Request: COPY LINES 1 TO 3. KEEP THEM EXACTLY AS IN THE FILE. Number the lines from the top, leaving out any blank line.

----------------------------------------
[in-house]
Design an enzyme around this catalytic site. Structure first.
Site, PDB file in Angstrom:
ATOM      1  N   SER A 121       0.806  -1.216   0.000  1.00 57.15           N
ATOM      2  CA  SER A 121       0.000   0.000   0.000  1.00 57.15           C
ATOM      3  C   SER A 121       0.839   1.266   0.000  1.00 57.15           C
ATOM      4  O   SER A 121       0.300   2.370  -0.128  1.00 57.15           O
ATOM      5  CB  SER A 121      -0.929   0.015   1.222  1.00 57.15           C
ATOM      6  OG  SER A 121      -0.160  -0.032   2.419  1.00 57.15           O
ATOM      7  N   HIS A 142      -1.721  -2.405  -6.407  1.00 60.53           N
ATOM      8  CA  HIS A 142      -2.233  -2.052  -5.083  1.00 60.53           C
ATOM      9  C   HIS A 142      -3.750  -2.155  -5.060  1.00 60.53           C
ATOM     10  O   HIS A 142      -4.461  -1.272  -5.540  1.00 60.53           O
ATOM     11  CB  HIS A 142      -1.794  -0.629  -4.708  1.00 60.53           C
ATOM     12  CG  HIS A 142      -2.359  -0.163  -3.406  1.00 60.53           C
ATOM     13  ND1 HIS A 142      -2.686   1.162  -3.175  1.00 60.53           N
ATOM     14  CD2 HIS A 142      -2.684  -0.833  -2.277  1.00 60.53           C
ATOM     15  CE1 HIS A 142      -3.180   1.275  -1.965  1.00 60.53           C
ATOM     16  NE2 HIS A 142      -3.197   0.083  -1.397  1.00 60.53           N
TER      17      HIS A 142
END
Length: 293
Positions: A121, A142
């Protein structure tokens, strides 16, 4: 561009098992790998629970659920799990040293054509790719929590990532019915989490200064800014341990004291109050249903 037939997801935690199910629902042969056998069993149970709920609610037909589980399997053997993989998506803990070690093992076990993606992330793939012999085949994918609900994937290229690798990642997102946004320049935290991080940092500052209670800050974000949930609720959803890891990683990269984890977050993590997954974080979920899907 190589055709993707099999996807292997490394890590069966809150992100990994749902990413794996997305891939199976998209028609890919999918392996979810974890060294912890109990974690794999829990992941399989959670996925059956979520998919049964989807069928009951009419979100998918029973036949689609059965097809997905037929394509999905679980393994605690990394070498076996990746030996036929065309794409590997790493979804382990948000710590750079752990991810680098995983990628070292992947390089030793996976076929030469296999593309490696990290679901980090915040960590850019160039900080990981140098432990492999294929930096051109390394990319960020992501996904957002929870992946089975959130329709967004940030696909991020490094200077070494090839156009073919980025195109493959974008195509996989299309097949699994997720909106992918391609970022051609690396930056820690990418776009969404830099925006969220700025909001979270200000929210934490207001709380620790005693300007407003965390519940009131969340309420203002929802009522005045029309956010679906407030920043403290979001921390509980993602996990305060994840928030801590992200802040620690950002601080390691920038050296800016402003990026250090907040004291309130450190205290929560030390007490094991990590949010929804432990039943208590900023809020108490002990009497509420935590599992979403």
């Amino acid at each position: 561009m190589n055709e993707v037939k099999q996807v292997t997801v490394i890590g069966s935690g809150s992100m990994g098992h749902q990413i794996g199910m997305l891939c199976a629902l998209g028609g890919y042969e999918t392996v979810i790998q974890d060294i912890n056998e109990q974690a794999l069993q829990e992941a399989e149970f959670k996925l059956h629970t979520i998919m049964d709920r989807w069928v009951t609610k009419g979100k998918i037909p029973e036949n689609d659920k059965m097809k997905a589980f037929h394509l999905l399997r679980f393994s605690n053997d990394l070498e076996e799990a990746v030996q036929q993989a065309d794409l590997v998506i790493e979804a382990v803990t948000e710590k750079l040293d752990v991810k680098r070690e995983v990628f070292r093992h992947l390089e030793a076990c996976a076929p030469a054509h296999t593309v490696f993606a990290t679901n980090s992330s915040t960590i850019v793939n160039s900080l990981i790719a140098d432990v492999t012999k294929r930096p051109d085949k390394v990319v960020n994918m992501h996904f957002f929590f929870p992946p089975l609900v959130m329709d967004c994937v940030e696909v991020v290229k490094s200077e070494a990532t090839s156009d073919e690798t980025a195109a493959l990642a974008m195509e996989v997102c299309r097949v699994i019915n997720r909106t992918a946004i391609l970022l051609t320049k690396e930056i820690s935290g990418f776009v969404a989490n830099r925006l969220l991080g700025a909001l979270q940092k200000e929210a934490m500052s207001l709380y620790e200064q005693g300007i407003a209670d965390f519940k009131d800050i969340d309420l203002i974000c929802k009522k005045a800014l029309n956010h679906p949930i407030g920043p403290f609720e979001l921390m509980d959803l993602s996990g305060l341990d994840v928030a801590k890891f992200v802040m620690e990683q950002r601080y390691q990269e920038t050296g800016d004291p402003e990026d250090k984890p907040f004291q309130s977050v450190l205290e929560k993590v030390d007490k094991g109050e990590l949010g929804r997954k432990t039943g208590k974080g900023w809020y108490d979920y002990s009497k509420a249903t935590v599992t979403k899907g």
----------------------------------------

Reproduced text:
[in-house]
Design an enzyme around this catalytic site. Structure first.
Site, PDB file in Angstrom: